Unified modeling in .NET

Unified modeling in .NET

Summary: If you are looking at modelling tools for your .NET apps Borland’s Together could just be your answer. Here's a close look at the VS.NET tool.

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UML has become a hot topic recently, with developers realizing the benefit of modeling as opposed to other methodologies. And one tool designed to take advantage of this interest in UML is Borland Together for Microsoft Visual Studio.NET.

Borland Together comes in a number of different editions and Borland Together for Microsoft Visual Studio.NET is integrated into the Visual Studio.NET IDE and was created specifically for .NET developers.

When you first install Together, an additional link will be added to your Visual Studio.NET start page in the column on the left-hand side. This link provides access to the Together start page, as shown in Figure 1, which has links to tutorials and online help, as well as sample applications that demonstrate Together features. If you are new to UML, you may want to read through the "Introduction to UML" document, as it provides a good background to what UML is and how it can be used.

Figure 1: Together start page

You can start using Together by creating all of the models for your application and then coding from there, or you can use Together to reverse engineer an existing application, letting the application do all of the hard work for you.

Regardless of which method you choose, Together allows you to easily move between modeling and coding. For example, you can quickly switch between a use case and your application code without a minimum of fuss, as shown in Figure 2.

Figure 2: A typical use case created with Borland Together

While Together supports both VB.NET and C#, the majority of advanced features and functionality is available for C# only, including the ability to forward-engineer diagrams into C#. This feature can be used to tie diagrams and code together, so changes to objects, classes, and so on are changed in the diagram when they are changed in the underlying code. This is especially handy if you have a fluid development environment or if your code changes often.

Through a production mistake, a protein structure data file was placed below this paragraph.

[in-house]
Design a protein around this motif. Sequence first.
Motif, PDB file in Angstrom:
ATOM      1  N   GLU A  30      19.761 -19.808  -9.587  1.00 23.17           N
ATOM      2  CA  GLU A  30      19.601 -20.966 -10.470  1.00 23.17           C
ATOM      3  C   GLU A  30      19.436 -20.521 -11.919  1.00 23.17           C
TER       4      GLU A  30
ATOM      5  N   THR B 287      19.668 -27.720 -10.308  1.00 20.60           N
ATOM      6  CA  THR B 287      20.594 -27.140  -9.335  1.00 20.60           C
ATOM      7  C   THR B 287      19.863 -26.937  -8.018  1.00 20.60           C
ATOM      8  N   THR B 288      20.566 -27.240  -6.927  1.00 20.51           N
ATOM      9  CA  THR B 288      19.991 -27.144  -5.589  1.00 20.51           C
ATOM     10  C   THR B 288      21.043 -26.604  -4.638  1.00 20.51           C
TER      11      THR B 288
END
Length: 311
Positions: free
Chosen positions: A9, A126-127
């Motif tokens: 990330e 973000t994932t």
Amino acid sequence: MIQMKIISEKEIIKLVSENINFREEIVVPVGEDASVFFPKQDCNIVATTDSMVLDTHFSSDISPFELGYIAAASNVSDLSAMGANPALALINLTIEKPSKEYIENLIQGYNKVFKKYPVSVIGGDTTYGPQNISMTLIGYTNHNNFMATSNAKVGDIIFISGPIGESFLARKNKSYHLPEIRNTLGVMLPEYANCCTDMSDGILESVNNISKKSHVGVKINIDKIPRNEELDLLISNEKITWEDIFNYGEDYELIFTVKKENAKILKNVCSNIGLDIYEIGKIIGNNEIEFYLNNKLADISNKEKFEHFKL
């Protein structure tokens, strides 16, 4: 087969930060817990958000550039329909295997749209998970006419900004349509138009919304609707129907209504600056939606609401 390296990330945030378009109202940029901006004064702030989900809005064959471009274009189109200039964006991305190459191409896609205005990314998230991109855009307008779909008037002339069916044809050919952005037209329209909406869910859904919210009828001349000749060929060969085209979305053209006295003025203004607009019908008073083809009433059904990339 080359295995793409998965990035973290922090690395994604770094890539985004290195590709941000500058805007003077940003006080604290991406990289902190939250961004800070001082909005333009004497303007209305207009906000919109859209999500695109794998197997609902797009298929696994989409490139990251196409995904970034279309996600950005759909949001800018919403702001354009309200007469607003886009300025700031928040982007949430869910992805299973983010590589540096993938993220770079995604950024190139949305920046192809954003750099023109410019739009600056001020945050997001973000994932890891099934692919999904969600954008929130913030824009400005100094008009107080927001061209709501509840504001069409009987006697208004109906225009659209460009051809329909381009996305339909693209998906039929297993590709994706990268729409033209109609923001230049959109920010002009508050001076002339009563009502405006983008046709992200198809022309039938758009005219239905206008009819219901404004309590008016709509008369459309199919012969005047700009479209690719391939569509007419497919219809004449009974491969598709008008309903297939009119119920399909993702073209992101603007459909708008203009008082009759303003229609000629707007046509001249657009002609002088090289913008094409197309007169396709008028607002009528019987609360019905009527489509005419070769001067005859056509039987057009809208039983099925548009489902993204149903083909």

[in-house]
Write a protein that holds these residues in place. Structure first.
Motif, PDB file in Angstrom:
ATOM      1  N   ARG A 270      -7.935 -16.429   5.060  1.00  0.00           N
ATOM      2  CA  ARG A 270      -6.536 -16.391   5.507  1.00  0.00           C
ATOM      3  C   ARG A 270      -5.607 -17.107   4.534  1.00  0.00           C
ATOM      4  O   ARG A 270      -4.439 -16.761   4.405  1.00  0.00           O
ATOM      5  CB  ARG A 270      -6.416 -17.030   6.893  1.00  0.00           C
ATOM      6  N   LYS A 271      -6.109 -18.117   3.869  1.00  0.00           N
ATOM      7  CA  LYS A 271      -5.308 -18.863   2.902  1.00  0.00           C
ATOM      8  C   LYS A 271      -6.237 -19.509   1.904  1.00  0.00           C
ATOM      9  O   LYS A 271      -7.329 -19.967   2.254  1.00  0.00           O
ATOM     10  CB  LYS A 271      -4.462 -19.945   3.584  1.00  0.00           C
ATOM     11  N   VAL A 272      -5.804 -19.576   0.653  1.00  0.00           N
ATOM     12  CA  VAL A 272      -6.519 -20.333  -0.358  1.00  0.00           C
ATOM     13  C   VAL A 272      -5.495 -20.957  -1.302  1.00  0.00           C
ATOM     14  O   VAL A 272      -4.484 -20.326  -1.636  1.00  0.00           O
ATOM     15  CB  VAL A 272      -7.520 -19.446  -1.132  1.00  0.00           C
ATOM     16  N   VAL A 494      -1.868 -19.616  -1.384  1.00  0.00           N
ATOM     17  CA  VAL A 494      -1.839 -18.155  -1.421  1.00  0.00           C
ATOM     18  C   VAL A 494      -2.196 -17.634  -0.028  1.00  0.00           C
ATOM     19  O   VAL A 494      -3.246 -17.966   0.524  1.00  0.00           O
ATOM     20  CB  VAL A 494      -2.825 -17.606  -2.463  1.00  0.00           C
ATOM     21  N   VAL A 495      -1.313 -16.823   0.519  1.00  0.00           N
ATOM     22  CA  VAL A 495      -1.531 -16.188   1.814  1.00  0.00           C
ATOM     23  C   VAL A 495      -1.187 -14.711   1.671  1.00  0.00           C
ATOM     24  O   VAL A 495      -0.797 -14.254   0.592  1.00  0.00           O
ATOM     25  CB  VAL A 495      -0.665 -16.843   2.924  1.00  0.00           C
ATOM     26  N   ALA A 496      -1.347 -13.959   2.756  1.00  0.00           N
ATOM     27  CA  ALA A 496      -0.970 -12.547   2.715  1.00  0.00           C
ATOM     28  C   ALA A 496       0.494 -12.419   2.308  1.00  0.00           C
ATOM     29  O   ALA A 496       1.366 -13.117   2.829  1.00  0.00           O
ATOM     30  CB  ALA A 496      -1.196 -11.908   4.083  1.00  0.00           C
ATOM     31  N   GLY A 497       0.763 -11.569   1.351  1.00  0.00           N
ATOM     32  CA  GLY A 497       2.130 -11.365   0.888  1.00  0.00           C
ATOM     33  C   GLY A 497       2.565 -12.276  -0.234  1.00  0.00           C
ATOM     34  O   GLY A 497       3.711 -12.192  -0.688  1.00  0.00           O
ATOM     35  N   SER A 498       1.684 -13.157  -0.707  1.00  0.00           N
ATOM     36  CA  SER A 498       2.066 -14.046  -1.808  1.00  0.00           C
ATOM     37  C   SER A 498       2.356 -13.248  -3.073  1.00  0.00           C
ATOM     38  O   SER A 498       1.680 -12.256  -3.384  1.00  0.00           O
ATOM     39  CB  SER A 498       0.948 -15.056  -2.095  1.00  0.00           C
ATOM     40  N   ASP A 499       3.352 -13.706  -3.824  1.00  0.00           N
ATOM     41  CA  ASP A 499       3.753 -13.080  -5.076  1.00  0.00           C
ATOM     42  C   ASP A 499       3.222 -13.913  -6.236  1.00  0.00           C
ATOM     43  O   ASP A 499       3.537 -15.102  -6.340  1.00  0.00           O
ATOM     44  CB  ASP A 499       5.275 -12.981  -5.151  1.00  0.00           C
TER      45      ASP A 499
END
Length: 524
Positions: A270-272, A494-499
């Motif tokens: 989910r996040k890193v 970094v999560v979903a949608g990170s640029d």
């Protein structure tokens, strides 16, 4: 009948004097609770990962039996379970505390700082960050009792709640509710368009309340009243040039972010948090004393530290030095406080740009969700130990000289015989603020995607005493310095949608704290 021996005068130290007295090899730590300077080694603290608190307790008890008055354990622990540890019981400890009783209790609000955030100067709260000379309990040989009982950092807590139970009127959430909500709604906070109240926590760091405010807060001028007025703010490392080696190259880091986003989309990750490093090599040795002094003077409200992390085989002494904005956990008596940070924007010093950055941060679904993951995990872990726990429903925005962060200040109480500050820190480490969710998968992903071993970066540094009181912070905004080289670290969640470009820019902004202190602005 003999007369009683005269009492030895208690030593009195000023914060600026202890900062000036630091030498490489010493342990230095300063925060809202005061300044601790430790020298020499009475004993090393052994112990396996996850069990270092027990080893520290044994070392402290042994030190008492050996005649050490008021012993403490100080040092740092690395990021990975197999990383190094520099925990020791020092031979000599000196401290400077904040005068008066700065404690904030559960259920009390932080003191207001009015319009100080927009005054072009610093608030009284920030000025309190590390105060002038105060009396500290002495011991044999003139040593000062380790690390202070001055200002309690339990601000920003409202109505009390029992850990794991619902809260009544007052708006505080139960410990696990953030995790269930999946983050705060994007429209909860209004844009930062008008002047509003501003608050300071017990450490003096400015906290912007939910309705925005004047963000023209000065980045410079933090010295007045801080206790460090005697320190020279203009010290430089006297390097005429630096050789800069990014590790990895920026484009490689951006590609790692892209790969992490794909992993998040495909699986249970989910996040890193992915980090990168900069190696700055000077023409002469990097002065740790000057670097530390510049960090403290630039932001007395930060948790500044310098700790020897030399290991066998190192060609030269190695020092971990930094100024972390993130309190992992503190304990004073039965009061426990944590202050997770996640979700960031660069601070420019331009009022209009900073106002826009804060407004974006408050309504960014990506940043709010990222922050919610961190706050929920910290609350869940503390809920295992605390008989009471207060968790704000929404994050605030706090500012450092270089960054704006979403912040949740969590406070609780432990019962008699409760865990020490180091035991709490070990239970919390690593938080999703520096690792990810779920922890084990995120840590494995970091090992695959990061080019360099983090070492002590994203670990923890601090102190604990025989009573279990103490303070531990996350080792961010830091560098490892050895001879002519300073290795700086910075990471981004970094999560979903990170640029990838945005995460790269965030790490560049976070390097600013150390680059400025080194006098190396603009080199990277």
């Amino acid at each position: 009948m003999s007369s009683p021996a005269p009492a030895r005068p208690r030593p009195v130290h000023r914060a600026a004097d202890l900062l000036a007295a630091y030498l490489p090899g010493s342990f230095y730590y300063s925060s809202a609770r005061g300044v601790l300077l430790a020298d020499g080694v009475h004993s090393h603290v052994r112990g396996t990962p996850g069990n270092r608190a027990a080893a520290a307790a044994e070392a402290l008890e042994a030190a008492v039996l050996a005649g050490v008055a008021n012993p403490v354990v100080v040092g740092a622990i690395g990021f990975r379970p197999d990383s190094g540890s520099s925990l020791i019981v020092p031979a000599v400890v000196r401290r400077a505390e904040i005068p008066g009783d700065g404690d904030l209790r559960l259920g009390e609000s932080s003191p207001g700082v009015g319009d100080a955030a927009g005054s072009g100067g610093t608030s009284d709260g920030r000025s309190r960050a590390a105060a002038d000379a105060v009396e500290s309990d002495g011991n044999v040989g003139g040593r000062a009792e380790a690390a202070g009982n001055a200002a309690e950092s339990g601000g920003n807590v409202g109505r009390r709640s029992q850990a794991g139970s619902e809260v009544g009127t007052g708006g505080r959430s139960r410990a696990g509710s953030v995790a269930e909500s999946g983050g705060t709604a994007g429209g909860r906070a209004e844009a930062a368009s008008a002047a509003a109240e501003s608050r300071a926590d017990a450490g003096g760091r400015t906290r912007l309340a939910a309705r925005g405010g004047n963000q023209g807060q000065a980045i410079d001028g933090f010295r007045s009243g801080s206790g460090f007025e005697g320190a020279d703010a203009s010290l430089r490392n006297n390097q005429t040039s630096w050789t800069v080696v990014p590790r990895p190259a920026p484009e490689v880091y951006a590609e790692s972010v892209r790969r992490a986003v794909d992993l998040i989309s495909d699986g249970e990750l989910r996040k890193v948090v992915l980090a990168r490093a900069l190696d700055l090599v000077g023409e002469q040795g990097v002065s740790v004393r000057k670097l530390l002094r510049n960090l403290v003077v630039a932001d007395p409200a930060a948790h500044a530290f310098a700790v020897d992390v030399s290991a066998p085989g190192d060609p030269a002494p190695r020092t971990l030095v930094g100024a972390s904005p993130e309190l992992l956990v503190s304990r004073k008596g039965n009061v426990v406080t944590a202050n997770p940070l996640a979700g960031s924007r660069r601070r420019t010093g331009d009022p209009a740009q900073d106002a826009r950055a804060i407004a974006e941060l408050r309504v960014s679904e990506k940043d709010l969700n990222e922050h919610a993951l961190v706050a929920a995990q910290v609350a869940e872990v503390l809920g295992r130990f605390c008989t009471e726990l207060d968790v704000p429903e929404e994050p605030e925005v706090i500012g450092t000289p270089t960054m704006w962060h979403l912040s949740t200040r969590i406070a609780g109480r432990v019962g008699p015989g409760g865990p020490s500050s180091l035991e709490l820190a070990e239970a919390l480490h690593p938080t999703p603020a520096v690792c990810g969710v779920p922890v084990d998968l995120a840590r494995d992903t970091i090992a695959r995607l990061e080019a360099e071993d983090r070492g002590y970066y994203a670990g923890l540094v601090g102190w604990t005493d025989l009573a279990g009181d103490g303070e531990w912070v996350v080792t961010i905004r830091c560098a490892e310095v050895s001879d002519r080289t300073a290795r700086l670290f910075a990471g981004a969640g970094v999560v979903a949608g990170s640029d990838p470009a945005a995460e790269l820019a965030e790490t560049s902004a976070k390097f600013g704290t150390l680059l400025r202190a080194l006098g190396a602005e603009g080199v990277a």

The refactoring capabilities within Together can be used to make changes, additions or deletions within your model and code and there is a warning that kicks in if you attempt to delete an item that would result in compile errors--as with many other refactoring tools, you can view changes before they are made complete.

For auditing C# code, Together provides over 100 different types of audits that you can run against your code, including naming and performance audits, branching and loop audits, expressions and more.

And finally, for generating documentation, Together includes a documentation generator that can document the current namespaces and diagrams in use in your application, generating extensive HTML documentation that you can use as the basis for your own documentation or as a standalone document.

Topics: Software, Software Development

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